I love a Good "Good Book" thread

ghost_of_lewis_samuels

Phil Edwards status
Oct 27, 2019
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Just finished The Passenger by Cormac McCarthy. Excellent. It's been a decade since I binged most of McCarthy's books and I guess I need to go back and reread them because while I certainly recall him being dark I don't recall him being humorous. At all. And The Passenger was both dark and funny. Reminded me a lot of Vonnegut in that respect tbh.

Thanks for the recommendation @ghost_of_lewis_samuels
check out Stella Maris next!
 
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Apr 18, 2012
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Looking for some Iain Banks style sci fi, I stumbled on "A Memory Called Empire" by Arkady Martine. Pretty good and smart world-building sci fi slash mystery novel...the next book in the series "A Desolation Called Peace" was good to.

I still wish I had more Culture Series to read...

Non-Fiction: S.C. Gwynne, His Majesty's Airship, about England's huge airship in the 1930s...
 

bruhdakine

Miki Dora status
Jul 7, 2003
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PNW
My 19 year old has been reading through some classics (currently reading Brave New World) and we've been telling him he needs to read something more 'fun' as well so he went through our bookcase and selected Barbarian Days. He's also got Tapping The Source, The Beach and A Man in Full on his list of upcoming selections. I'm envious. I wish I still had all of those on my unread list.

I just got The Darkest White for my birthday. I've heard some good things about it and CK is a hero of mine so I can't wait to have some time to dive in.
 
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crustBrother

Kelly Slater status
Apr 23, 2001
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check out Stella Maris next!
If you enjoy Stella Maris, which I did, I think this is a good companion read:

Relatively short, but fun to read further about some of the mathematicians and physicists cited in Stella Maris.
i REALLY enjoyed Stella Maris. its been, gosh... 31 years since i earned my BS in Applied Mathematics and tbh i have forgotten most of what i learned but one of the things that really fascinated me was that mathematicians often "invent" new mathematical systems for which there is no practical application until many years later. or never.

so what the hell is this math thing? and where does it come from?

in many ways Stella Maris is about those question. and SO much more. so much to absorb in that book with respect to math, music, language, and the mind.

it really resonated with me. except for his treatment of music. that really tripped me up. but maybe i didn't get what he was driving at there. i know i missed a ton of sh!t on the first read. will be reading it again very soon.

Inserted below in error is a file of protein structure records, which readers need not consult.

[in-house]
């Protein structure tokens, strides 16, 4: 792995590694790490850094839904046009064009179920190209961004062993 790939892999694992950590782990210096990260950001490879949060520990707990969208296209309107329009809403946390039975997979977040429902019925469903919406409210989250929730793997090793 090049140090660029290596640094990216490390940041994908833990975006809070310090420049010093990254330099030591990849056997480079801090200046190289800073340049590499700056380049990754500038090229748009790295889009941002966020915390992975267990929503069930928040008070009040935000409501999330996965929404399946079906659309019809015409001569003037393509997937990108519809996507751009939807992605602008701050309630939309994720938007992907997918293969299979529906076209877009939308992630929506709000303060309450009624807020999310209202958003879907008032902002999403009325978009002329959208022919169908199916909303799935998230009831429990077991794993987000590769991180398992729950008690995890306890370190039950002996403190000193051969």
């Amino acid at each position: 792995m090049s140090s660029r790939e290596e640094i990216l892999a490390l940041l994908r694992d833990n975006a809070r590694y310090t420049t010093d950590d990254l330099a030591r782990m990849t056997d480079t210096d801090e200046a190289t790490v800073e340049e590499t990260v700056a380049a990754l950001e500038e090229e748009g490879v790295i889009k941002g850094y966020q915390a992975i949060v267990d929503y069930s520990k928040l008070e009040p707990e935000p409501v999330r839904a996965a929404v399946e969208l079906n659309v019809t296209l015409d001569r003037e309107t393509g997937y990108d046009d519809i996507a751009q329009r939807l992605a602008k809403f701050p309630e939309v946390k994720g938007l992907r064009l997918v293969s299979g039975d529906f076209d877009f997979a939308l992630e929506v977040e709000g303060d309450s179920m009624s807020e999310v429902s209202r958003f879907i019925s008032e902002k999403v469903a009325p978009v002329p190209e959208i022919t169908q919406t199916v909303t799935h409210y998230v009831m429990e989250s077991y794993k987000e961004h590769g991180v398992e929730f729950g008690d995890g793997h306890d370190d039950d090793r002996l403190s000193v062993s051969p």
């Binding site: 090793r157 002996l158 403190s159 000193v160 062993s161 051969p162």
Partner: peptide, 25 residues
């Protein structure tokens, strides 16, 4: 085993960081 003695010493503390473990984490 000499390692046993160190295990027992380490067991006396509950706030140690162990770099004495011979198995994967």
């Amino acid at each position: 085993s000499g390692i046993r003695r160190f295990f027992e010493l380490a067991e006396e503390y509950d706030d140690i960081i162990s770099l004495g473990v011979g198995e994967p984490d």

edit: reading Stella Maris reminded me that i never got around to reading this one...

geb.jpg
 
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ghost_of_lewis_samuels

Phil Edwards status
Oct 27, 2019
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i REALLY enjoyed Stella Maris. its been, gosh... 31 years since i earned my BS in Applied Mathematics and tbh i have forgotten most of what i learned but one of the things that really fascinated me was that mathematicians often "invent" new mathematical systems for which there is no practical application until many years later. or never.

so what the hell is this math thing? and where does it come from?

in many ways Stella Maris is about those question. and SO much more. so much to absorb in that book with respect to math, music, language, and the mind.

it really resonated with me. except for his treatment of music. that really tripped me up. but maybe i didn't get what he was driving at there. i know i missed a ton of sh!t on the first read. will be reading it again very soon.

edit: reading Stella Maris reminded me that i never got around to reading this one...

View attachment 179996

I was fascinated by but mostly not knowledgeable to really follow the math details in Stella Maris.

A good, and short related read from cormac here:

 
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crustBrother

Kelly Slater status
Apr 23, 2001
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I was fascinated by but mostly not knowledgeable to really follow the math details in Stella Maris.

A good, and short related read from cormac here:

interesting. that essay contains a term that i encountered for the first time just a couple days ago

"combinatorial grammar"

i can't seem to find the article now, but it was about this...

 

ghost_of_lewis_samuels